When Ifeajuna failed in Lagos, the former seat of power in Nigeria, the coup collapsed, in spite of Nzeogwu’s outstanding success in Kaduna.

Ojukwu, who knew Ifeajuna intimately, disproved Nzeogwu’s leadership of the coup in an extensive interview with ‘Newswatch’ magazine in 1992.
In 2009 Peter Enahoro (Peter Pan), the legendary editor of ‘Daily Times’ and younger brother of Anthony Enahoro, sensationally revealed in his memoirs ‘Then Spoke the Thunder’ that Ifeajuna’s handwritten account of the putsch was with him when the July 29 coup raged. The manuscript, which Enahoro burnt for security reasons, gave an insight to the coup. Enahoro claims that the current manuscript attributed to Ifeajuna and published in Olusegun Obasanjo’s biography of Nzeogwu is a ‘polished’ version of the original. The journalist also pointed out that in Biafra, Ifeajuna’s effort to publish an account of the coup failed because the publisher, Chinua Achebe, rejected the work for ‘being self-serving.’ The account implies some antagonism between Ifeajuna and Nzeogwu, probably rooted in the coup’s failure in Lagos.

Going by the report of the Police Special Branch which investigated the coup, Nzeogwu came into the plot at the concluding stages. According to the report the plot began in August 1965 with Majors Ifeajuna and Okafor and Captain Oji as the brains. Anuforo recruited Nzeogwu in October. This contradicts Ademoyega’s position in his book that Nzeogwu, Ifeajuna and himself initiated the coup. This may partially explain the coup’s failure because it implies divergent agendum of a group which culminated in the sacking of an admittedly unpopular government, especially in the Western, North-Central (Middle Belt) and Eastern areas of Nigeria.

Though the British are known to be friends of the Northern establishment that has dominated Nigerian politics till very recently, their efforts to protect their protégés from the coup they from all indications had knowledge of, was inadequate. Whether this was deliberate is beyond the scope of this article. In a recent interview with ‘Sunday Vanguard’ in the wake of the controversy over Matthew Mbu’s revelation over how Balewa died, veteran journalist, Segun Osoba, indicated that the British security services ought to have known a coup was likely. Victor Adetunji Haffner, the former boss of the defunct Nigeria External Telecommunications, revealed in an interview with ‘Sunday Punch’, October 3, 2010, that the then British Prime Minister, Harold Wilson, asked Balewa to go with him to Rhodesia (now Zimbawe) to speak to Ian Smith, the proclaimer of Rhodesia’s Unilateral Declaration of Independence. This was after the Commonwealth Ministers Conference in Nigeria a week before the coup. Balewa refused. He also declined the invitation of the British High Commissioner to come to his residence on the night of January 14.

Although these efforts are significant why did the British not bring their undoubted influence to abort the Commonwealth conference in Nigeria ? Did they lack diplomatic and intelligence sources that would intimate them about the crises in their ex-colony? What if Wilson’s safety had been threatened as that of Makarios, the Cyprus leader’s came close to being imperiled by being caught up in the coup when he visited Enugu just after the conference? The plotters were infuriated by the conference. By hosting it Balewa, in their eyes, became Nero who fiddled while Rome burned. It was an ample opportunity to perfect their designs. Even when General Welby-Everard, the last British GOC in command of the army was in the saddle, what did he do about the palpable discontent and politicization of his officers? Did the British pass on actionable intelligence to the Nigerian government on the radical component of the military? Such information existed – e.g. Nzeogwu‘s outbursts were known to the military authorities.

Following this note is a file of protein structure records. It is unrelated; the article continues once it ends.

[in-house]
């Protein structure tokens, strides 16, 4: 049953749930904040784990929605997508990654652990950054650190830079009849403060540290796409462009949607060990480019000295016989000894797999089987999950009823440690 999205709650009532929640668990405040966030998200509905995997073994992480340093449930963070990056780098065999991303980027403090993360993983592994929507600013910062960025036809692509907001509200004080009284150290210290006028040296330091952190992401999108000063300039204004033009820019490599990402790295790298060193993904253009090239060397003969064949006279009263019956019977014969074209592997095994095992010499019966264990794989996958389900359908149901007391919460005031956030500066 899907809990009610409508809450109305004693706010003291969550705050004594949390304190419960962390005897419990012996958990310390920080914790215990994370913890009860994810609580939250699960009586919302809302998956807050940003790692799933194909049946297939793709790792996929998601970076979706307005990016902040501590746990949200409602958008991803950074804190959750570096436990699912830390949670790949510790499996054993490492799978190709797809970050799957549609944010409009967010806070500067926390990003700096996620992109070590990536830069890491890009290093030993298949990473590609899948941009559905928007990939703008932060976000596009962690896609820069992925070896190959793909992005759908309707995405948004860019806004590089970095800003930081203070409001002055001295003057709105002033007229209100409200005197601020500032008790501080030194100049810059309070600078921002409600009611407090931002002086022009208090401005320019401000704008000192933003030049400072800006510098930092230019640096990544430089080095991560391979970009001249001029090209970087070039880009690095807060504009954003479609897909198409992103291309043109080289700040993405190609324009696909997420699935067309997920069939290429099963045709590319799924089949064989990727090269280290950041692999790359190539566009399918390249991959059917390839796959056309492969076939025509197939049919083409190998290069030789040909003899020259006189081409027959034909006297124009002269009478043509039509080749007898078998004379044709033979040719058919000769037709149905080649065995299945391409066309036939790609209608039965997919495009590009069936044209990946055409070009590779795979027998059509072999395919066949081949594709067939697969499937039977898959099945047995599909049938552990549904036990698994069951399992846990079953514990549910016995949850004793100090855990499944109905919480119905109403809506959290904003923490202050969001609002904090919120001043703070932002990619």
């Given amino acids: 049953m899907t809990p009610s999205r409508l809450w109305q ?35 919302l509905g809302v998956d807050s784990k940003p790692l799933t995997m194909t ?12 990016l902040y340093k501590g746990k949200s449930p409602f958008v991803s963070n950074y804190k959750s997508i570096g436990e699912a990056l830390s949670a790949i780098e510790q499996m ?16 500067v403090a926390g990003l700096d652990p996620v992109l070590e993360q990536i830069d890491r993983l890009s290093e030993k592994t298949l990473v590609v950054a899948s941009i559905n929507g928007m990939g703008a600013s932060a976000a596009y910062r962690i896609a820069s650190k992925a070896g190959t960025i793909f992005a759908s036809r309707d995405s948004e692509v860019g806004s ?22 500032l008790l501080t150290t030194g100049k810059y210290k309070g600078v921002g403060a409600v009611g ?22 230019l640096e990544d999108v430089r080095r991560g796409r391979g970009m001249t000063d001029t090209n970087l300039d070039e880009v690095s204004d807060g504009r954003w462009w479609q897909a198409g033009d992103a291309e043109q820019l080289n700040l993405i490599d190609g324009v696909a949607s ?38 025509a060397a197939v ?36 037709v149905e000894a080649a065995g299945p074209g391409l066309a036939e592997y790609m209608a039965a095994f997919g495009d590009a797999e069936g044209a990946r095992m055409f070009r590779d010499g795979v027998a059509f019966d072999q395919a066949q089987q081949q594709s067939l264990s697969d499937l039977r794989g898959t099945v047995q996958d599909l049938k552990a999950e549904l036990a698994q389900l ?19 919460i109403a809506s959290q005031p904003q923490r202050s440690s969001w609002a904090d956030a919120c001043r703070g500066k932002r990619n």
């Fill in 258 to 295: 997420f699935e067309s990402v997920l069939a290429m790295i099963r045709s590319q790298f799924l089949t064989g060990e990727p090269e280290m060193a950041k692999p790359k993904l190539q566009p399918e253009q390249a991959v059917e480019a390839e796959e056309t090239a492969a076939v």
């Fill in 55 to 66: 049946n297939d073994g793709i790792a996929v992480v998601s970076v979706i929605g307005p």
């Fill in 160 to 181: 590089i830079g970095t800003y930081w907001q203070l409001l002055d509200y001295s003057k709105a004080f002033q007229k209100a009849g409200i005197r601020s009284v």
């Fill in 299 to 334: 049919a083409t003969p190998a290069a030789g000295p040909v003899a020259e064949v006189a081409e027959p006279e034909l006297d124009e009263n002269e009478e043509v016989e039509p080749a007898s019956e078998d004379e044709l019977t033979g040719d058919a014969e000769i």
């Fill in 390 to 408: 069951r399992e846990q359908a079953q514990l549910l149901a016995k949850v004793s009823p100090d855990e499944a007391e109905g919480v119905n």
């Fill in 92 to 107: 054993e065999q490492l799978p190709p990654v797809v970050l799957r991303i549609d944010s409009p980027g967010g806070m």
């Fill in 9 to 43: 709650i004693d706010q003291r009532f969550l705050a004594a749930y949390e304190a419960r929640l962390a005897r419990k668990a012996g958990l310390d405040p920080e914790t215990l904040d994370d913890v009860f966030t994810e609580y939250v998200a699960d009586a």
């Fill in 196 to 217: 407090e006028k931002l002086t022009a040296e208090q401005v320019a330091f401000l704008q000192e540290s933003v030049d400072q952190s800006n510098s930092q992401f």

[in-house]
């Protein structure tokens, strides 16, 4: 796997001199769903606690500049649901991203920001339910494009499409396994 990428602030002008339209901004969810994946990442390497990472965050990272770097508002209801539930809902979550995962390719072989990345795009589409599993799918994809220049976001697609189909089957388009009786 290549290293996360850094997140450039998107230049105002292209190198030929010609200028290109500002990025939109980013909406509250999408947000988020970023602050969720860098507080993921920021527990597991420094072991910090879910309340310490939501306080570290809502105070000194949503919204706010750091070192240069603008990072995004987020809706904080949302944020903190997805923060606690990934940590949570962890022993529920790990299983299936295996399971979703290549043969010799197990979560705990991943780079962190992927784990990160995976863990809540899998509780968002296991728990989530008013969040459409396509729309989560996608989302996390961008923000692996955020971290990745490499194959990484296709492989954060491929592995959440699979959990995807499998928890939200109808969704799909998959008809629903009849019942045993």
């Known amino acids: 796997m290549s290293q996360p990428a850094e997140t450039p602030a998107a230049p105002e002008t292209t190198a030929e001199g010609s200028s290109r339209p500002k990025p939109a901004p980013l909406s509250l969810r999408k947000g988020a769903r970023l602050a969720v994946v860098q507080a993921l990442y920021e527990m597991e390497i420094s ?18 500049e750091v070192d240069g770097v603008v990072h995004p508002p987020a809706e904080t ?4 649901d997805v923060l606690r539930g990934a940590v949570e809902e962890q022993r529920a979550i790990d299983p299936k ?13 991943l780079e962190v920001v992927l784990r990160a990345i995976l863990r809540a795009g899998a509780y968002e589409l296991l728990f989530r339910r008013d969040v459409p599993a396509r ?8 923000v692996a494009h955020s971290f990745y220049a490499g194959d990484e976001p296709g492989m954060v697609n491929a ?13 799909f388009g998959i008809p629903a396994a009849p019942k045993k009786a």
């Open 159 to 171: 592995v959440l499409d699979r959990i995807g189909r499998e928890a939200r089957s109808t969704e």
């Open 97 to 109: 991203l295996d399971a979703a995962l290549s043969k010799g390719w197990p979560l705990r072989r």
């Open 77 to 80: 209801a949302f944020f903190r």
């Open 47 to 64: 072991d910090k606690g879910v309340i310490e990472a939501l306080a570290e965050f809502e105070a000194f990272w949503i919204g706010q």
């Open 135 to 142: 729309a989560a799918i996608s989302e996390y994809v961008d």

The climate for a rebellion is built up overtime. The plotters, even if they had external support, even if they worshipped at the shrines of Lenin and Mao Tse Tung, might not have had the impetus to strike if our rulers had not been so disconnected from the ruled. Mbu, a Minister in Balewa’s government, revealed in an interview with ‘The Nation’ of 5 September 2010 that things degenerated to the extent that the police joined the supporters of Michael Imodu, Nigeria’s labour leader at the time, to stone the cars of Ministers at Enugu. Tragically, Balewa relied on police protection from the plotters. Nearly fifty years on, are Nigerian leaders connected to their people? Can any of them freely walk our streets? In the years before the coup our rulers earned incomes right out of the moon. This quotation from the Special Branch report may drive home the unpleasant truism that history repeats itself for those who fail to learn from it. ‘When all the officers (who carried out the Northern end of the coup) were assembled, Major Nzeogwu addressed them on the subject of the rapidly deteriorating political and security situation in the Federation…He compared the incomes of the politicians with those of Nigerian workers and urged the officers to support the rebellion.’ Compare this situation with what obtains in the contemporary Nigerian dispensation.

All scholars of Nigeria’s history should engage this poser: where is the second part of the Special Branch report on the coup? Even the first one in public domain is incomplete. Availability of that report is an obligation the Nigerian authorities and their foreign partners owe Nigerians so that the truth will be known. 
You only have to read chapter three and the last chapter of Ademoyega’s book to realize that the plotters were unhappy with the British-designed structural imbalances of Nigeria. Forty-five years later, do we have a satisfactorily balanced Federation?
The coup started a chain of events that culminated in the Nigerian civil war. May we  learn from the past and arrest destructive trends in our country before they get out of hand.

Henry Chukwuemeka Onyema is a Lagos-based writer and historian.